Call Us Today 1-877-426-7238
Info +
Menu +

The Gearboat Chronicles

Patrick Rows, Rows, Rows the Boat

Two graduations in two months. This kid Patrick Baird is piling up the accomplishments.

Young Baird got his mortarboard from high school this year, then won a healthy Ford scholarship that, from the sounds of it, gives him part-ownership in the University of Oregon . . . and just last week he went from apprentice to experienced by getting down Hells Canyon in the gearboat, running the oars the whole way.

I was certainly nervous the first trip I rowed solo. I was shaky, up on the scouting point above Wild Sheep Rapid, the first class IV. The knees especially, I remember my knees being trembly.

We looked at Wild Sheep. Discussed the run. As a morale booster, several people told Patrick they would help him pick up all the gear that washed overboard if he were to mess up. I’m sure he appreciated that.

Walking back to the raft, picking our way over the boulders on the Oregon side of the Snake River, I mentioned that of course if he didn’t feel like doing it this trip, I could row.

He chugged an A&W; rootbeer to get some sugar in his system and politely declined the easy way out.

Wild Sheep Rapid basically has two rocks down the center that you don’t want any part of. Then at the bottom, on the Oregon side, there’s more rocks you’d rather not be close to. So with the gearboat you enter the rapid tilted sideways, with your bow pointed toward Oregon. This sets you up to pull when the time comes.

The gearboat is heavy, cumbersome and difficult to move. Pulling on the oars gives more oomph than pushing.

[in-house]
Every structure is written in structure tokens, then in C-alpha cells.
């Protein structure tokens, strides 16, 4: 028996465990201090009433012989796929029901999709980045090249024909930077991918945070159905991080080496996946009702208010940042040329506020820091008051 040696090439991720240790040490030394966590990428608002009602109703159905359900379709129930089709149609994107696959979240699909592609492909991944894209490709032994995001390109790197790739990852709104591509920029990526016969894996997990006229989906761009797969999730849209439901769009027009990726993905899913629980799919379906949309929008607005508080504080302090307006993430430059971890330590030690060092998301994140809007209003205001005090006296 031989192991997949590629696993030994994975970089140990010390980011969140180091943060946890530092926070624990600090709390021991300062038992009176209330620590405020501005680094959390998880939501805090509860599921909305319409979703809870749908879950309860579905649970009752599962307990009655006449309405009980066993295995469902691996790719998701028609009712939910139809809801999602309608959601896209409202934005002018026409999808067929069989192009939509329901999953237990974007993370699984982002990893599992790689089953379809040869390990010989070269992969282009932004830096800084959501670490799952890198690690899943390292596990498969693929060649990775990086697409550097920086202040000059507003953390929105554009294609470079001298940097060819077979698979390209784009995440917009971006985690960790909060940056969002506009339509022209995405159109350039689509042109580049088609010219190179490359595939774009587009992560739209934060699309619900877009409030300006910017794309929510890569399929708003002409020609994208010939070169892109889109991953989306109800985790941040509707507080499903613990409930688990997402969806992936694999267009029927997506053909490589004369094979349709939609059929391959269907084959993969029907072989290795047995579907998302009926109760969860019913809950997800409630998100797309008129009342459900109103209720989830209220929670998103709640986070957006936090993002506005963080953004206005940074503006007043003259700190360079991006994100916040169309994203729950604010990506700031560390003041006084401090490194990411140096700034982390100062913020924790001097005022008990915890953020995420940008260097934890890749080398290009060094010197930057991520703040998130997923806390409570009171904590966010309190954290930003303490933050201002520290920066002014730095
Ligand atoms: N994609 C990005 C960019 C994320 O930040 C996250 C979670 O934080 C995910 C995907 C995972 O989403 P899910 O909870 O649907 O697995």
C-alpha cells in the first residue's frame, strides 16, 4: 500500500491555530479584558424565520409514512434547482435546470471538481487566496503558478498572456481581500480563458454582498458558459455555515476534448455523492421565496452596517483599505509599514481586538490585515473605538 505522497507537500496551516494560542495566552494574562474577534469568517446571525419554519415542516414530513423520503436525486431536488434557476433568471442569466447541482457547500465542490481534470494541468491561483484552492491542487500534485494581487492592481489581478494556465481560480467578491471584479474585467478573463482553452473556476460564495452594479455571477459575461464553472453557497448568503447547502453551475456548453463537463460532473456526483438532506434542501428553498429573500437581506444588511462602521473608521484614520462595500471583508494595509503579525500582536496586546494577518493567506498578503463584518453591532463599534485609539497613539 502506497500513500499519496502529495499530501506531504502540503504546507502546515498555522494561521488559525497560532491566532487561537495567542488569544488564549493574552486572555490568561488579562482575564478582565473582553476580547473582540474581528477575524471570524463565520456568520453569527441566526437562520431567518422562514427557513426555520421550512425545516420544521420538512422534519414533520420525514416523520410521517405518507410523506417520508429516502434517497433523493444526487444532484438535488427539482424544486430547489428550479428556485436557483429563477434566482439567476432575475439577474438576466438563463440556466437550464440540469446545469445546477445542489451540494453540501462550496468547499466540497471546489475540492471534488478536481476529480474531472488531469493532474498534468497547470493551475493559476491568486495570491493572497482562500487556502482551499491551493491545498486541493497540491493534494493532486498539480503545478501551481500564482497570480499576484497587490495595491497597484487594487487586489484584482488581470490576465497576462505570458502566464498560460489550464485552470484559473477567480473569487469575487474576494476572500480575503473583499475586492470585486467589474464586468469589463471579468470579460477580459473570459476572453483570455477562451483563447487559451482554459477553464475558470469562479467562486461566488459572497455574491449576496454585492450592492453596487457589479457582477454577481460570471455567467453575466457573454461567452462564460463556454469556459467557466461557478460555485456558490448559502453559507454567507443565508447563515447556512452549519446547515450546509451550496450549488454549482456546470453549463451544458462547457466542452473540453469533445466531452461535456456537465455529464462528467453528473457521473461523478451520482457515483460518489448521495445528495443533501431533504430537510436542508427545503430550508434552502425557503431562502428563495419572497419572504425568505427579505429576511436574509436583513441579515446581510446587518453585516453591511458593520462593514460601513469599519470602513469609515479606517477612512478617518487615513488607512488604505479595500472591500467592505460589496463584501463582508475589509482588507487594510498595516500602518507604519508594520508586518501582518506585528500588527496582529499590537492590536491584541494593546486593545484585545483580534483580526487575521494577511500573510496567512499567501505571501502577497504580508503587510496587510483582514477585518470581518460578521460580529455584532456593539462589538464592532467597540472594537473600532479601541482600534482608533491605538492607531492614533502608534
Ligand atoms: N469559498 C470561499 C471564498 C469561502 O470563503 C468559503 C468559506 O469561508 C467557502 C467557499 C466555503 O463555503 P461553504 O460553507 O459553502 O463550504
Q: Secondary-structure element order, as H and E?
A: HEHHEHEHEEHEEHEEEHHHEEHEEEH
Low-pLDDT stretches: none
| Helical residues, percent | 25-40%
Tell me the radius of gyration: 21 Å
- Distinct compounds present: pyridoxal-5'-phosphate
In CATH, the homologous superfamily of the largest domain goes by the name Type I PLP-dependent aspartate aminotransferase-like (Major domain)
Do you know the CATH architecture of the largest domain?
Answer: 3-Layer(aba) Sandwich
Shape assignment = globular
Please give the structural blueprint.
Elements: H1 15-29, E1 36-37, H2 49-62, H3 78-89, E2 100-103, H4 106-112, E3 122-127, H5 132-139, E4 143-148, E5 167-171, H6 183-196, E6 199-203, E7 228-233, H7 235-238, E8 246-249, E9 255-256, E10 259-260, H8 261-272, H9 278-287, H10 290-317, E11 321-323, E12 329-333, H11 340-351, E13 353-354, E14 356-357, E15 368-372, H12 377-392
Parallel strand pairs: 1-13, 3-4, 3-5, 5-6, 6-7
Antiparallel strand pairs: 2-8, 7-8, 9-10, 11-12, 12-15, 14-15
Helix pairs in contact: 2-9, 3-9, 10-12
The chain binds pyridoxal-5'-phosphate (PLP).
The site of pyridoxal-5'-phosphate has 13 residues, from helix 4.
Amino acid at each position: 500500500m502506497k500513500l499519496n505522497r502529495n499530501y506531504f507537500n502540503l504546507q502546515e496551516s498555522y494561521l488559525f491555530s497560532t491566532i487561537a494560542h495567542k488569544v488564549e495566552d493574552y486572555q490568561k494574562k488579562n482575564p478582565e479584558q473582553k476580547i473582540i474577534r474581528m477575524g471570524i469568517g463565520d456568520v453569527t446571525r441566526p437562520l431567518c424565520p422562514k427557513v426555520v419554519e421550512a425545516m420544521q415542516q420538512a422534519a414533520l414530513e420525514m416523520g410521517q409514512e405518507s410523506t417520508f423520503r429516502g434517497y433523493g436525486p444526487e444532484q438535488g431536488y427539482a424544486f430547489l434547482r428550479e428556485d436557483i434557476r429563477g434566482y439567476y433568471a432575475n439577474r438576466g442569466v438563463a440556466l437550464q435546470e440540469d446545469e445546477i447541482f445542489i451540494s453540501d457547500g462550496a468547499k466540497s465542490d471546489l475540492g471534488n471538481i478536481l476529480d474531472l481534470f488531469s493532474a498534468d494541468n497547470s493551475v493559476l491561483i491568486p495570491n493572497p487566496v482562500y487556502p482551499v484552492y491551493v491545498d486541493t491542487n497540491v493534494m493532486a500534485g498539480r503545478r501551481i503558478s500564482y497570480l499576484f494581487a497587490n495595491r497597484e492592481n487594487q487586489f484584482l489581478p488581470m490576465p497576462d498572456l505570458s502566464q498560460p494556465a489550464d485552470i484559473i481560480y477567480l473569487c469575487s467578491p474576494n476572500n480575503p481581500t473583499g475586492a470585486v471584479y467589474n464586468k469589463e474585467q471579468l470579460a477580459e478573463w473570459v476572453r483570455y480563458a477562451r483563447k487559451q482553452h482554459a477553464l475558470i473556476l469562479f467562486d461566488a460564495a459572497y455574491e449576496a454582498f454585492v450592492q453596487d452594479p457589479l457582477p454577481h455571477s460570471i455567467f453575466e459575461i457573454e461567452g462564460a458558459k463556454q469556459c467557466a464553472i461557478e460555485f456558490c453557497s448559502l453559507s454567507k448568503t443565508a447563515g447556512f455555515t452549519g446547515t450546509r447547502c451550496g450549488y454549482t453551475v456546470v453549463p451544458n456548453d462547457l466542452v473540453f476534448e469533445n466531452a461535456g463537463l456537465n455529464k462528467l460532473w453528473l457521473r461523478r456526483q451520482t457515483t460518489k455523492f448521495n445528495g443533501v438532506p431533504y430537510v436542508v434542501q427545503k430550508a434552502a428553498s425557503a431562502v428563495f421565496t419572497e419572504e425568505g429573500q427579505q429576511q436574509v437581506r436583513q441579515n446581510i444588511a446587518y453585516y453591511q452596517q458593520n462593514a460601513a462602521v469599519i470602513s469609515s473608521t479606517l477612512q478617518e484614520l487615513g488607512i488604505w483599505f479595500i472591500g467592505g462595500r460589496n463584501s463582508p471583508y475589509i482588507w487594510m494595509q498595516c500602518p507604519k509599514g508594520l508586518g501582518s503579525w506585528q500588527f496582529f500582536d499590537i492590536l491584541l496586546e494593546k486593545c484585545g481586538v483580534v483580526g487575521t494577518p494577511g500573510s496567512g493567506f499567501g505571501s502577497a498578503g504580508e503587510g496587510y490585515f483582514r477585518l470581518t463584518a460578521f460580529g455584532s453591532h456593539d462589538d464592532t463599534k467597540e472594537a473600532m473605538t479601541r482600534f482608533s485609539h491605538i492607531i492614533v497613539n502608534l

So you enter drifting sideways, trying to graze the wave coming off the top-most rock in the center. Then you take a few strokes. But not too many, because you’re pulling toward a big rock with a churning hydraulic. Get past that and start pulling with a vengeance, because now you’re getting into the final stretch where being too far left will make for bad things.

Once you’re past the final snaggly rock in the center you might get in a few more pulls, but it’s time to start swinging the bow toward Idaho to set up for the waves at the bottom. By now you’re either clear or you’re not. You square up to waves and ride it out.

Our Wild Sheep run wasn’t the cleanest, and that was no fault of Patrick’s. I was sitting above him, calling out moves. Here’s a transcript:

Me: OK, we’re looking good, looking good . . . uh, maybe more right. Go right. Go right.

Patrick: (Grunting, going right)

Me: Whoah. That’s good. Maybe too much. Go left, go left.

Patrick: (more grunting and rowing)

Me: Excellent. OK, now we’re coming up to — O, dear God, start pulling, start pulling . . . Stop. OK, OK . . . uh . . .

Patrick: What?

Me: Pullpullpullpullpullpullpullpull . . .

Patrick: (sound of veins exploding in his neck, over roar of whitewater)

Me: Swing, Swing, Start swinging your bow . . .

The Raft: I don’t want to swing.

Me: Hold on.

We hit the tail waves and took a good one over the side, but for all the drawbacks of rowing a big, heavy raft, the upside is that you can take a hit like that to the side and the big barge just plows on through.

It’s a whole new sort of backseat driving for me, perched on a pile of drybags calling out moves and anticipating the response of a boat. We got through fine and the rest of the trip was better than fine. He’s got it figured out.